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nakrul
07-03-2006, 10:14 PM
I look at the pdf file and I hear the chat press tab to make things sub d's ok I am still a noobie and things look softer when sub d's are on...so what are they?:screwy:

Silkrooster
07-03-2006, 10:26 PM
Kind of hard to explain, but it is a process to help make organic objects. If you create a square and hit tab you would end up with an almost ball. Still kind of squarish, but definite rounded corners and edges. By applying segments near the edges will flatten out the side, one way to do so is to use the bandsaw tool. Using weightmaps is another way to control how round or flat a side is.
Silk

nakrul
07-03-2006, 10:40 PM
way over my head. I will try to post a audo file with my question heh.

Silkrooster
07-03-2006, 11:40 PM
Maybe this example will help.
Silk
http://www.silkrooster.com/newtek/subpatchexample.gif

evenflcw
07-04-2006, 12:33 AM
Subd is short for subdivision surfaces. LW variant is called subpatches/metanurbs, which produces something simular to the CatmullClark algorithm, which is the most common variant. It looks about the same but doesn't do ngons (polygons with more than 4 points/edges). When you turn them on LW will subdivide each polygon into several tiny ones and also do a smooth operation on them. You can set how much LW should subdivide from the General Options panel ('o'). If you lower the subdivision level and look closely on a surface without surface smoothing you should be able to make out the tiny polygons.

If you need more info, just do a search online for subdivision surfaces or catmull-clark.

BazC
07-04-2006, 12:53 AM
If you're a complete beginner all of the above might be confusing so I'll try and make this as simple as possible! :D

When you create a cube in LW you can choose to subdivide it (shift - d) if you choose the metaform option it also smooths it, makes it more rounded, less angular. The problem with that is that you end up with many points, if you want to adjust the shape you might have to move dozens of points which takes time and is difficult to keep smooth. What subds (subpatch) do is make the object look as though you have subdivided while retaining the low polygon information. The advantage is that if you're modeling a very complex shape like a face you can adjust it's shape by moving a small number of points instead of hundreds (maybe thousands!), lightwave will smooth out the shape automaticallly.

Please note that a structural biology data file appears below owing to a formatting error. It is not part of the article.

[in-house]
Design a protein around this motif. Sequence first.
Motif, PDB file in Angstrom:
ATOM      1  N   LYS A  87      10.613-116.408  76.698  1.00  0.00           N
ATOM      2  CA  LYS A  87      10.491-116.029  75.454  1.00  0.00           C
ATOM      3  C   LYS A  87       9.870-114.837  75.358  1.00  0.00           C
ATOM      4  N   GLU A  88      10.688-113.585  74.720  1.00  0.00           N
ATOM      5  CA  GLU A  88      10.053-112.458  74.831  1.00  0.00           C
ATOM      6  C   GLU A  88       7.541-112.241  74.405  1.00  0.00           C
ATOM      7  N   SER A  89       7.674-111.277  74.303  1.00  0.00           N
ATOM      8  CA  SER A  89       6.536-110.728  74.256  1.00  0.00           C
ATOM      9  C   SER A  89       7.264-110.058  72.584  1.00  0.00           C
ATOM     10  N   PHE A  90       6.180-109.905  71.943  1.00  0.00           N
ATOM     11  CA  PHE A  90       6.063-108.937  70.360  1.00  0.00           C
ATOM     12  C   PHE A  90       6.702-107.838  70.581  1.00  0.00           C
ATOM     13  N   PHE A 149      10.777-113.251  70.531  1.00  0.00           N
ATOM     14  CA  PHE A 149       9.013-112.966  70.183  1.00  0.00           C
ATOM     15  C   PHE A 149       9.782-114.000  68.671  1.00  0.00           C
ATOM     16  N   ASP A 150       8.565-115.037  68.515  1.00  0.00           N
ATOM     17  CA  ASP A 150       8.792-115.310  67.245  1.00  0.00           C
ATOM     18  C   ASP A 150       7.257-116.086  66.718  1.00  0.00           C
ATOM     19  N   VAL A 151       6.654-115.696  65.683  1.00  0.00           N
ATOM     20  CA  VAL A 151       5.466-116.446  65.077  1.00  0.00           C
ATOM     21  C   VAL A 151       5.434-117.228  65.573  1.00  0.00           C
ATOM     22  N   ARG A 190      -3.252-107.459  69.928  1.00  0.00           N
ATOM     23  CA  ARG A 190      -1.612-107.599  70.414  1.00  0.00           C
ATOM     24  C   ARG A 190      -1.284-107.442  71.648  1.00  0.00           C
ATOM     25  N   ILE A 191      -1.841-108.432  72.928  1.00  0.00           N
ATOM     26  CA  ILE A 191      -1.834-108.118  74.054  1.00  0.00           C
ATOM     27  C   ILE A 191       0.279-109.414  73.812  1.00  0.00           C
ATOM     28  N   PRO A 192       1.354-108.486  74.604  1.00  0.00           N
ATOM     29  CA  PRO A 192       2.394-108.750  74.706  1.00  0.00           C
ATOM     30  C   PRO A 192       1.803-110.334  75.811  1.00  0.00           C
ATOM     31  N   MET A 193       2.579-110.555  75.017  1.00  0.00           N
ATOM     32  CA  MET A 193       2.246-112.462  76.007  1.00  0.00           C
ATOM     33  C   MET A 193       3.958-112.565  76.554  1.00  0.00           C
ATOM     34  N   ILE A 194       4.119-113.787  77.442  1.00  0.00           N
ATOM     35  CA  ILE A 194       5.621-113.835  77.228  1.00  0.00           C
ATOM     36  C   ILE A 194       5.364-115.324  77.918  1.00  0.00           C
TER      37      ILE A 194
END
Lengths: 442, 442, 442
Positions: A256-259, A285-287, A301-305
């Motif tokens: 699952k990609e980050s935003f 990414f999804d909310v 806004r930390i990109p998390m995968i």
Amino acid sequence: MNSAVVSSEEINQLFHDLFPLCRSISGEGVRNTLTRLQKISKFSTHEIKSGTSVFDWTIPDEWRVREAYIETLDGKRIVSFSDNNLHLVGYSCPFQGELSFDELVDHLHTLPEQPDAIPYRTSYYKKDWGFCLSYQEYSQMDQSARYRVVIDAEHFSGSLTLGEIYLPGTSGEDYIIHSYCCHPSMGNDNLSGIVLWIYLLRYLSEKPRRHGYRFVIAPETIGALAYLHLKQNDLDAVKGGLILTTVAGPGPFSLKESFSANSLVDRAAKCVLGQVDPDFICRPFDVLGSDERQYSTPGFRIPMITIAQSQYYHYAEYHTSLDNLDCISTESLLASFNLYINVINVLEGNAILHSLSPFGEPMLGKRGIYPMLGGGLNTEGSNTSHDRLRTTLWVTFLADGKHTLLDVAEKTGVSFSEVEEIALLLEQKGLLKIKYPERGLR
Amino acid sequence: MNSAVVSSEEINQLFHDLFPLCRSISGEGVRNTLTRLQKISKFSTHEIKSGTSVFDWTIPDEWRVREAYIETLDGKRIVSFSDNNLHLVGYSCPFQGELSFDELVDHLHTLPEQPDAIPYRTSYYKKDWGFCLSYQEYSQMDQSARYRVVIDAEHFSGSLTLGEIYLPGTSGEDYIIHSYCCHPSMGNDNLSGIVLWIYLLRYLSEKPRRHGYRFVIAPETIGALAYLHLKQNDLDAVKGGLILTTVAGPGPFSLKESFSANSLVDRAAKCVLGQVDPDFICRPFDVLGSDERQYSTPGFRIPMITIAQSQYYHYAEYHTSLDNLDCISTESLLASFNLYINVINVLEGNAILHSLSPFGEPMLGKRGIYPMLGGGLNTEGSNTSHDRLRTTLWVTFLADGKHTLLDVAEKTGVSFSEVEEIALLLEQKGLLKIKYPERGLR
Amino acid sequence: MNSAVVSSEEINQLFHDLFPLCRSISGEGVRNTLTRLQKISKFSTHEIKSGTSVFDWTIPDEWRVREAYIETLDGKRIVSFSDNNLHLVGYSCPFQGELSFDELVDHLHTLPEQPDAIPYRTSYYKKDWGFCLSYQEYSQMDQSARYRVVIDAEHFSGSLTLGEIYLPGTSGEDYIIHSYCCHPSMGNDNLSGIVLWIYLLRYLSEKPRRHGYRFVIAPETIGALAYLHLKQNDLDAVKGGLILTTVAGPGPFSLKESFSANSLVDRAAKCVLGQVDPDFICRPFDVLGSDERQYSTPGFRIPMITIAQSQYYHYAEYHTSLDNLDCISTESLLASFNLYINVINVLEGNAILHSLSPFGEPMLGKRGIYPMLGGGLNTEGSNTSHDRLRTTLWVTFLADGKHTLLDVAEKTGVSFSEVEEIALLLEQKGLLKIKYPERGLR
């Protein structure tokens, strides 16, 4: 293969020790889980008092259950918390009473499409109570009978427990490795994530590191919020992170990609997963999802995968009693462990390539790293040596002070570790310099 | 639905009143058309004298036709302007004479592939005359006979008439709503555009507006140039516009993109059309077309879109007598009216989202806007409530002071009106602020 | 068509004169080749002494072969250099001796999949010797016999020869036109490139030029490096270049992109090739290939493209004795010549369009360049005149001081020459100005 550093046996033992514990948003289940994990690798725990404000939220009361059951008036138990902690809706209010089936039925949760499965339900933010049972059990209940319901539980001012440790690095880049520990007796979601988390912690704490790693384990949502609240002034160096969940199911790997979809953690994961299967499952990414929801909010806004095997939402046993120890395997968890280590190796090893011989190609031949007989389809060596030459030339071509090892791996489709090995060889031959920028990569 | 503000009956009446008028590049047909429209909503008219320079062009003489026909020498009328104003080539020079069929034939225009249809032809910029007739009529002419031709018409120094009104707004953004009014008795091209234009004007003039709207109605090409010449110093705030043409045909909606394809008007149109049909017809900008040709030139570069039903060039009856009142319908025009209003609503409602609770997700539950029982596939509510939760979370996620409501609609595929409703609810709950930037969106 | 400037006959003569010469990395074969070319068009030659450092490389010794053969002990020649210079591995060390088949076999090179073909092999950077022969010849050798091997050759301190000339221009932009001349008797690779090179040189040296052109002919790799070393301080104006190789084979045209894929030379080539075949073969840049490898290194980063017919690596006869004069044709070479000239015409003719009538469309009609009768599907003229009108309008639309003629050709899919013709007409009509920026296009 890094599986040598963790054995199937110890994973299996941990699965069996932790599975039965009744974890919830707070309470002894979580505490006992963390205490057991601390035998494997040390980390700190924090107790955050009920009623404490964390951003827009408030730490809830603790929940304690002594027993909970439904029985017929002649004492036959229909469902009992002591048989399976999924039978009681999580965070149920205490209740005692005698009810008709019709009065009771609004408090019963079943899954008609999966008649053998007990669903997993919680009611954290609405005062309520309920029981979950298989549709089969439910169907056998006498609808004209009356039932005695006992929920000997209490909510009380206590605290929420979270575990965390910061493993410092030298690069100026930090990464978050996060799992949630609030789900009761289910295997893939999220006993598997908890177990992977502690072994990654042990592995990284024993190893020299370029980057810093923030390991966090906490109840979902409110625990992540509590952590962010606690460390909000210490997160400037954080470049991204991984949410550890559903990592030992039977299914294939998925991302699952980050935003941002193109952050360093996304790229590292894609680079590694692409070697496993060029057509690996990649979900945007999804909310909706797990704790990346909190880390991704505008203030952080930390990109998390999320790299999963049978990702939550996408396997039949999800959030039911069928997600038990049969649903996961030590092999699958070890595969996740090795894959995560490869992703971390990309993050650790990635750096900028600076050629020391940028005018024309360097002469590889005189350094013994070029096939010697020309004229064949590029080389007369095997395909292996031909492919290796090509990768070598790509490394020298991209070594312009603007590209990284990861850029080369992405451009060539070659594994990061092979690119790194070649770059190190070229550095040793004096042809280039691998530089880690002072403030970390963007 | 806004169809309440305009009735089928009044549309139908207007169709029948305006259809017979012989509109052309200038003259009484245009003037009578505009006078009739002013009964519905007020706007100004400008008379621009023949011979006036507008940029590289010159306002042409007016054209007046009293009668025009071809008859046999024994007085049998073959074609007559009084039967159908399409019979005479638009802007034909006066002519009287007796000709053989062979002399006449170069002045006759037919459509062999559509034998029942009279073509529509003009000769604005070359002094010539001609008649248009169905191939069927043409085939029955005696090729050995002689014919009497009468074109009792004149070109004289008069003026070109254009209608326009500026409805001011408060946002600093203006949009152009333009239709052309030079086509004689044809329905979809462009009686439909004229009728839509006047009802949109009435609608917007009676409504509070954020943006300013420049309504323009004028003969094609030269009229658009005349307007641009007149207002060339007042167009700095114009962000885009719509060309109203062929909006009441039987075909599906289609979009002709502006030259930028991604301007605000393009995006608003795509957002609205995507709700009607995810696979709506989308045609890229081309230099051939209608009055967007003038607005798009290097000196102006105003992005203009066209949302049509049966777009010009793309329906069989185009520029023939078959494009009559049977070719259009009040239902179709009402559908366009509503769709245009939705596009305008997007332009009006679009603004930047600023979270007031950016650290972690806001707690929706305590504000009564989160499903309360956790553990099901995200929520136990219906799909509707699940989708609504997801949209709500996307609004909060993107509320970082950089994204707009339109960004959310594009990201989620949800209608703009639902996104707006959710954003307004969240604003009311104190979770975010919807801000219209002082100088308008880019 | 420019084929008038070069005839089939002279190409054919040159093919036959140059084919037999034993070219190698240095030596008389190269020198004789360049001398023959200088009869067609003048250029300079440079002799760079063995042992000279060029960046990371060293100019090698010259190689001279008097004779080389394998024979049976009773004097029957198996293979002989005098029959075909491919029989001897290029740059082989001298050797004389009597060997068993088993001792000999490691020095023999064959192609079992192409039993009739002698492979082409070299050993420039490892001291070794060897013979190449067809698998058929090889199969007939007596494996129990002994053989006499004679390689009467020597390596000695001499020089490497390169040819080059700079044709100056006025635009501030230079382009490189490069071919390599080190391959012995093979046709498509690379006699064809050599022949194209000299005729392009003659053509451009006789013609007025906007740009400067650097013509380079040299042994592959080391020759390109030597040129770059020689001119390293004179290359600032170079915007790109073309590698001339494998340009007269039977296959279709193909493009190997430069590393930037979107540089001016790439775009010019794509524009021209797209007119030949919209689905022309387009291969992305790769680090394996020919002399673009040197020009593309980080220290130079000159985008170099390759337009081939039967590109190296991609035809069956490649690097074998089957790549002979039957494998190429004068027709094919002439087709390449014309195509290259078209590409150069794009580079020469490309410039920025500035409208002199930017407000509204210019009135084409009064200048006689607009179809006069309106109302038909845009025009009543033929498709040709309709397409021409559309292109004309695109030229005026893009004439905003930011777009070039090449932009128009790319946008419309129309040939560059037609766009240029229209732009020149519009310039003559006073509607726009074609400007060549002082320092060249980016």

Hope that makes sense! :D

Sarford
07-04-2006, 03:04 AM
Just gonna throw in my two cents:

One way to look at it is that the two models, polygon and sub-d are two totaly different calculationmodels (although you build a sub-d as a polygon model).
If you hit tab, Lightwave changes to a differend calculationmodel. It changes to a curve or spline model in wich the vertexes are the control points. By changing the position of the vertexes you control the shape of the spline/curve (you can also weight the vertexes to change the curve).
If you transform this calculationmodel to 2D (in your head) it looks very much like b-spline modeling, only in 3 dimentions.

Look at the 'using b-splines' video (3th video from the top) in this link to see how b-splines work. Lightwave does the same but then in 3D with sub-d modeling.

http://usa.autodesk.com/adsk/servlet/item?siteID=123112&id=5575218

fyborg_1138
07-04-2006, 07:38 PM
"Hello fyborg_1138 it appears that you have not posted on our forums in several weeks, why not take a few moments to ask a question, help provide a solution or just engage in a conversation with another member in any one of our forums?"... Why yes mister computer program, yes I will...:help:


Welcome to Sub-Ds, fellow noob, here's a sub-division primer (http://www.subdivisionmodeling.com/wiki/tiki-index.php?page=What+is+sub-division+modeling) to help all of us with our noobishness (is that a word?). Hopefully the site helps answer all of your (our) sub-D questions, queries, ponderings and what-have-you.

Fyborg

nakrul
07-05-2006, 07:05 PM
ah ok. All the information has been good information. I was going to ask that since sub d's smooth stuff out is that the best way to model. Its clear that the answer is no. So when I am working on objects its best to leave off sub 'd or rather turn them off and on to see from time to time how I am doing. but you should not model in sub's. This is how new I am.

In any case Thank you for clearing up sub D's and showing the videos.